Protectionism as applied to bolster US business (not hand-outs or corporate welfare) is something I do support. Economic welfare of America’s middle class is worth defending – else we develop a “trade union economy” similar to the EU.

    Protecting and defending the US Constitution, America’s borders, America’s business and American workers is a worthy cause. Opening borders to welcome massive populations that will drain resources and further inhibit America’s middle class is not. Allowing offshore business offices to avoid paying US taxation also not a worthy condition.

    Any person or business entity taking advantage of services, conditions, defense and liberty provided by the United States can, should and must adhere to an America-First principle. Failing that, I see encroaching socialism…. the stuff that NAFTA, CAFTA,open borders and Kumbaya are made of.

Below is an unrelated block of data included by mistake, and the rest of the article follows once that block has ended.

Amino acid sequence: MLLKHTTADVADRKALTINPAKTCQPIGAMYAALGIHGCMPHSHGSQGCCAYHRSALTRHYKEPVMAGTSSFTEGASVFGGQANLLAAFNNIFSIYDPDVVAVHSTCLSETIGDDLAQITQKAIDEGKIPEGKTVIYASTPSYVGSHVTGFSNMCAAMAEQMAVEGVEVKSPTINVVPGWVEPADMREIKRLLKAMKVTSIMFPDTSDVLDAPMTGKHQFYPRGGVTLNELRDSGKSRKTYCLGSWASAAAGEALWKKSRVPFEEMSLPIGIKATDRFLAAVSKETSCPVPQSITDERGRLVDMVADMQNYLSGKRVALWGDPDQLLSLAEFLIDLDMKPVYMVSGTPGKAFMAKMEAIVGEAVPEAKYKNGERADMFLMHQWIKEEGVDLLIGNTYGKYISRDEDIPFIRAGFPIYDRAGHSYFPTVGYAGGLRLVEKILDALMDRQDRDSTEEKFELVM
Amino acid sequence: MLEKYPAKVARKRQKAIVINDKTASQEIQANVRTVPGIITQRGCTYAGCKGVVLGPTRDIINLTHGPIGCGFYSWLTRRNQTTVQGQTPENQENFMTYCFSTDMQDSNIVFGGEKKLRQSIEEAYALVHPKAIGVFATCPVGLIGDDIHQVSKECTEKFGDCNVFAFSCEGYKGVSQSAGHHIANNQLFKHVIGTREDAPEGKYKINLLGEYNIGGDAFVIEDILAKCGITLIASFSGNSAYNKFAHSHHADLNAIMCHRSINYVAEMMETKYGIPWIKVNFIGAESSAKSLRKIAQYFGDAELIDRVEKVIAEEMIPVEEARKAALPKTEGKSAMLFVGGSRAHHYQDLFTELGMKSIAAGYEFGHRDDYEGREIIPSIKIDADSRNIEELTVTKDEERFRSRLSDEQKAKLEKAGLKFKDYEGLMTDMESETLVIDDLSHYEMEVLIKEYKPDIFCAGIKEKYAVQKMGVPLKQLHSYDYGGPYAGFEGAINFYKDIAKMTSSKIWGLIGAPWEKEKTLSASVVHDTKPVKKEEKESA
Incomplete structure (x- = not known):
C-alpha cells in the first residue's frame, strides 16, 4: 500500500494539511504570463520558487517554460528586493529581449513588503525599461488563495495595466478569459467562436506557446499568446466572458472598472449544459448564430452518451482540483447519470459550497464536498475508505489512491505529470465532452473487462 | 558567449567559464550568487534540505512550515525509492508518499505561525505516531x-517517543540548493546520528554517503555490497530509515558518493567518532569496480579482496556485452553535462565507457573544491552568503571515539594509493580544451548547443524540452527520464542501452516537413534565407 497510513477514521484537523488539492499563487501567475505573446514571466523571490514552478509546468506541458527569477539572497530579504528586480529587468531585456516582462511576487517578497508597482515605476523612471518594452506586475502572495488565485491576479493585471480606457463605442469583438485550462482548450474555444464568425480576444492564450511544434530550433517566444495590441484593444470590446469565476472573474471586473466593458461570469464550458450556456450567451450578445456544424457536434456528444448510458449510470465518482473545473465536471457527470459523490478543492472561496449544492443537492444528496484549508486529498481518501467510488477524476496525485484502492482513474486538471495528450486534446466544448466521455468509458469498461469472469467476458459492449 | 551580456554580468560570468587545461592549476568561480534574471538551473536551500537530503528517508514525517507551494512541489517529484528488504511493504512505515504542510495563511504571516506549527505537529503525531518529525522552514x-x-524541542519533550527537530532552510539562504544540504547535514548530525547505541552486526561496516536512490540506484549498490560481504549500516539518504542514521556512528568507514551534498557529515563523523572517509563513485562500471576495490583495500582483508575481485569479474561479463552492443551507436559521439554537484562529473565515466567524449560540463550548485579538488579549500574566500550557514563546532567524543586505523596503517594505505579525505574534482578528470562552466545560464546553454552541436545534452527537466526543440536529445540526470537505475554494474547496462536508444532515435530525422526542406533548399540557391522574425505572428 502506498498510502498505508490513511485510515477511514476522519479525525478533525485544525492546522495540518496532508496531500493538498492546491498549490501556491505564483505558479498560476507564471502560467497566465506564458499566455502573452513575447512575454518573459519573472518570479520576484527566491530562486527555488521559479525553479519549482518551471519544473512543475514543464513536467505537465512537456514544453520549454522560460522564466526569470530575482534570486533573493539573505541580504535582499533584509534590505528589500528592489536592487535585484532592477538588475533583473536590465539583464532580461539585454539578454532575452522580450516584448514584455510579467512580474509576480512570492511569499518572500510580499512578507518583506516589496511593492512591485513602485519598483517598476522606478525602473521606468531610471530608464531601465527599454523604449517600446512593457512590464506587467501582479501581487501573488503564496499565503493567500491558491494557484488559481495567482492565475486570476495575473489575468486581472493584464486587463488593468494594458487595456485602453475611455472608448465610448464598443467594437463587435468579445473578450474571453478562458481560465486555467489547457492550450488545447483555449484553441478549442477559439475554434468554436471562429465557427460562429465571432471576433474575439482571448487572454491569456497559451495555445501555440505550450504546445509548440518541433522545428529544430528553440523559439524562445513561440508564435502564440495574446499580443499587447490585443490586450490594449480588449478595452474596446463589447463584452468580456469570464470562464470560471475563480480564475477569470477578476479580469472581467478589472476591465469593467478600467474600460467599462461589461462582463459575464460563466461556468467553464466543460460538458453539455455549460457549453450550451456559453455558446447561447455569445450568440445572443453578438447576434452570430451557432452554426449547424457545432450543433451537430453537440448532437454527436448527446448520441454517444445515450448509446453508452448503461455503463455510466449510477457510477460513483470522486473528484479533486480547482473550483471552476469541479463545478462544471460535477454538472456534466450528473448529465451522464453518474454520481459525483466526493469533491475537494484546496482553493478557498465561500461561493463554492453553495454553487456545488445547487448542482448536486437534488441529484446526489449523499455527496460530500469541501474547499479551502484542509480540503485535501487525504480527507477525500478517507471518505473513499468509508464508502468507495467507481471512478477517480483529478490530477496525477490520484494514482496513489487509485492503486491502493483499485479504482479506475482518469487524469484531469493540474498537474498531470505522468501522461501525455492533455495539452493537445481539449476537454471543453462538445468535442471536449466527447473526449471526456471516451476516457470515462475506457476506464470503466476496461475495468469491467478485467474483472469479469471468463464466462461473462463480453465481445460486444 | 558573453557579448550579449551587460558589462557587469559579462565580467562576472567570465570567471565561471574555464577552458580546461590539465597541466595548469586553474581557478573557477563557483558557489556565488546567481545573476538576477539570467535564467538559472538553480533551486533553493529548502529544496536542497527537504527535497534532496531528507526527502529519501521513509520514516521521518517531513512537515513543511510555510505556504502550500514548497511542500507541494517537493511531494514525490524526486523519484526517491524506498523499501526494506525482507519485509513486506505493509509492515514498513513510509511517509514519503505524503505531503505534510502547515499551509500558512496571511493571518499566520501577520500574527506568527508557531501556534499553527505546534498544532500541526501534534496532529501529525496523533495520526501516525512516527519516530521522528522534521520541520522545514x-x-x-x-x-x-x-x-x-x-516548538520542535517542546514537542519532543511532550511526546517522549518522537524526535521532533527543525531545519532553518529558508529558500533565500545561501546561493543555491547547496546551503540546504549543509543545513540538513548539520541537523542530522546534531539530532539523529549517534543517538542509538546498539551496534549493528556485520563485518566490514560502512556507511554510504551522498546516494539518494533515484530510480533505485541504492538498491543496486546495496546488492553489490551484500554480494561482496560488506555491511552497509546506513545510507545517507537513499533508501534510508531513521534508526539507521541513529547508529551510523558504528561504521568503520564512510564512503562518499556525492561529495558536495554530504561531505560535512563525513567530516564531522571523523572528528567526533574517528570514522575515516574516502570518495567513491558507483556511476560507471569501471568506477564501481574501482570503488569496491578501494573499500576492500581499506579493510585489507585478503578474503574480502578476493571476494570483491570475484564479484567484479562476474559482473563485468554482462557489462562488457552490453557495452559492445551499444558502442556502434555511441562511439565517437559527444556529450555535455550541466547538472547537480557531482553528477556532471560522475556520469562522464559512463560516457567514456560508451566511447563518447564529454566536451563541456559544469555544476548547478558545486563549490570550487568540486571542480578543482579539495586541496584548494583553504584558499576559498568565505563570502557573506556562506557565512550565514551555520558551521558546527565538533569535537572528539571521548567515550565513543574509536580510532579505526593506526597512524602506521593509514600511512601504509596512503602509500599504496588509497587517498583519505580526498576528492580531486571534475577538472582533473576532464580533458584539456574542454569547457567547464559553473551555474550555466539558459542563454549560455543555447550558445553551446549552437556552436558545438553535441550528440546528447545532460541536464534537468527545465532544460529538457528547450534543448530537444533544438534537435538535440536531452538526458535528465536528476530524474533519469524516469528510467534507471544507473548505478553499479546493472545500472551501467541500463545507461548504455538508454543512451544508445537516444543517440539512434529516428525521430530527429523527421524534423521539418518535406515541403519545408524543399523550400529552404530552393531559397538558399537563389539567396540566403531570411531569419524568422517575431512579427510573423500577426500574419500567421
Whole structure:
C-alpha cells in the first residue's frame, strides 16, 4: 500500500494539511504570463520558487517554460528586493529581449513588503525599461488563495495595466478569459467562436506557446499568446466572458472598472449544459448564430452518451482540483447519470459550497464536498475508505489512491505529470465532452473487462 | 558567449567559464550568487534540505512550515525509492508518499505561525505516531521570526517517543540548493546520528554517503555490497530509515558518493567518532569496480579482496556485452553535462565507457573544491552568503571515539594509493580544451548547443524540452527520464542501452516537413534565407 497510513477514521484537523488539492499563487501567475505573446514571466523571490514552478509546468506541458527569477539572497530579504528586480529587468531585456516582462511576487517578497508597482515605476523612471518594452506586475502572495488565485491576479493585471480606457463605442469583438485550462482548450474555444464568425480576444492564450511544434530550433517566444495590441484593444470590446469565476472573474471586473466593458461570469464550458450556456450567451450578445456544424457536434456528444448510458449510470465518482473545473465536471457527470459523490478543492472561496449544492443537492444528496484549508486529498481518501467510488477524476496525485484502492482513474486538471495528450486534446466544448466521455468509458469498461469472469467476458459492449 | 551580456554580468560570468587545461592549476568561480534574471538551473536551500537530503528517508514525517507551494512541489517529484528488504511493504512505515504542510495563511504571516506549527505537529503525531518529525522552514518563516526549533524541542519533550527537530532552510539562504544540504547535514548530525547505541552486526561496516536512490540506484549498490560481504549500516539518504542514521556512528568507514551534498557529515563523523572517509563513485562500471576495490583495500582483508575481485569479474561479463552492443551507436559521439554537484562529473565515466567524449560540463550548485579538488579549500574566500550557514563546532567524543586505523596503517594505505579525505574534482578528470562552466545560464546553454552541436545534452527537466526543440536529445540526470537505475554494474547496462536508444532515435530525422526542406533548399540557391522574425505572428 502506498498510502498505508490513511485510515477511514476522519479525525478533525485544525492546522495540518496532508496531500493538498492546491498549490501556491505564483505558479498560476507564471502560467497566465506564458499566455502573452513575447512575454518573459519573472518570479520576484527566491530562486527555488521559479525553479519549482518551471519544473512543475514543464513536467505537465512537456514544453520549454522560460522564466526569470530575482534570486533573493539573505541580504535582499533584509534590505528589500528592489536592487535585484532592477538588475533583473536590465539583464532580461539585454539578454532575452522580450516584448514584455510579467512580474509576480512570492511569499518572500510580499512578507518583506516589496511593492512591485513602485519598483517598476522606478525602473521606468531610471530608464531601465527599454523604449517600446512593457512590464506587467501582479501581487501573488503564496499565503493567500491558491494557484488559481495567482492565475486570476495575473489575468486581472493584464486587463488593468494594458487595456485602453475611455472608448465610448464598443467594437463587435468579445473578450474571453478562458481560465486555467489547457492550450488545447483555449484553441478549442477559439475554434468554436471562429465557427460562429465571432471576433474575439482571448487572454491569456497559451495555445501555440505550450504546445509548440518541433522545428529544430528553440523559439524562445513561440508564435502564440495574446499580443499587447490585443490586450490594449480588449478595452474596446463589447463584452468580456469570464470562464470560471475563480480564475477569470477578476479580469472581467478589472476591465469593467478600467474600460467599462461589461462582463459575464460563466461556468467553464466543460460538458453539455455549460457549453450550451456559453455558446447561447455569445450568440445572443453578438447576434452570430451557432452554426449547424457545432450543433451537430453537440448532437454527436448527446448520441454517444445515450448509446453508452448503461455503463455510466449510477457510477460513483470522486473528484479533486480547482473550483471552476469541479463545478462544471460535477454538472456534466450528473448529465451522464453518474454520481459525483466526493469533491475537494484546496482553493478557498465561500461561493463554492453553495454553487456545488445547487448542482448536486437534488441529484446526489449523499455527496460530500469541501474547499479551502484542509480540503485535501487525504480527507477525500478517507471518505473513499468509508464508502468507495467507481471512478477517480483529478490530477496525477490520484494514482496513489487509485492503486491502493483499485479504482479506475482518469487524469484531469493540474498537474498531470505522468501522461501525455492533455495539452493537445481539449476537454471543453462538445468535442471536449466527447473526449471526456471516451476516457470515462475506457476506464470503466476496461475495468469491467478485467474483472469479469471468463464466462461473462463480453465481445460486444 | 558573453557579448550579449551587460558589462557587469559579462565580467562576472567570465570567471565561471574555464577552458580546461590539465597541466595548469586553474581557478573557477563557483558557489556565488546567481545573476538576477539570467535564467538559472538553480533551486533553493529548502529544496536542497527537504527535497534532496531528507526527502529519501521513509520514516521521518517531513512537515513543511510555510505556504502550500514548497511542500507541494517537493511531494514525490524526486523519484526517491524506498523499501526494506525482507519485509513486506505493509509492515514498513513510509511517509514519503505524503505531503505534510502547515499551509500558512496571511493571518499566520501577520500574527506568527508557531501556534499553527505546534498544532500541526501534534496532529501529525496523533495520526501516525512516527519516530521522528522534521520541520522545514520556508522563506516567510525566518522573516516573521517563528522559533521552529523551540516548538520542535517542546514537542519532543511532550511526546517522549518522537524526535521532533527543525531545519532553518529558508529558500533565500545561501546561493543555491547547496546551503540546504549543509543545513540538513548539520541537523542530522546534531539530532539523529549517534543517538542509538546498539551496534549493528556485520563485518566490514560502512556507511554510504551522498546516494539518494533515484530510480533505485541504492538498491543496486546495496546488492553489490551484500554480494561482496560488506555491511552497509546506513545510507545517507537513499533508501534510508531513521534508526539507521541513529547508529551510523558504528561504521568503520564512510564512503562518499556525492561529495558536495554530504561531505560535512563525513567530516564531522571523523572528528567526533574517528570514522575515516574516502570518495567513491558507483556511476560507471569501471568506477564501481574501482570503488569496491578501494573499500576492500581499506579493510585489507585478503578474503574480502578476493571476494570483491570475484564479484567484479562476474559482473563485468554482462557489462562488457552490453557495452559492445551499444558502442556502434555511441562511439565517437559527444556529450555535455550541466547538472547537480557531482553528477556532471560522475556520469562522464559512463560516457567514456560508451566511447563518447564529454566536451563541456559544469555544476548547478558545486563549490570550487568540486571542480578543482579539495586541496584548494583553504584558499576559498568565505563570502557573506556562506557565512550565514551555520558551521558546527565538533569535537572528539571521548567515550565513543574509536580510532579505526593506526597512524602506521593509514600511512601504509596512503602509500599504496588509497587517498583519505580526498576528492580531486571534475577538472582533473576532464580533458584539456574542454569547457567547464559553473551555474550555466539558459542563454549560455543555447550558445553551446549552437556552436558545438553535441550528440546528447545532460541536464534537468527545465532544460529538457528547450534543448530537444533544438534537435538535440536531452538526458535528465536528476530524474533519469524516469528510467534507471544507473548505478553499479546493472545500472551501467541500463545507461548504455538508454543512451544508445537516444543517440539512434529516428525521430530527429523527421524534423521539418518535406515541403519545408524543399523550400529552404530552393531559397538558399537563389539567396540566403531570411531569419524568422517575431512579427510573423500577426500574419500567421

Thanks for allowing me to explain, defend my position and vent.

  • Brad Warbiany


    As Walter Williams would probably respond, people arriving with their hands out is not a problem of immigration, “that’s a problem of socialism”. As someone who routinely sees large amounts of money disappear from my paycheck, I’m not happy to see more people coming here to demand more of what I earn.

    I’ll agree with that point. Socialism, particularly in a rich country, is mutually exclusive with a policy of unrestricted immigration. If we cave in to people (either foreign or domestic, actually) with their hand out, without any limits, we’ll quickly bankrupt ourselves by starving the economy of much-needed capital to expand. I.e. Russia, Cuba, North Korea, etc.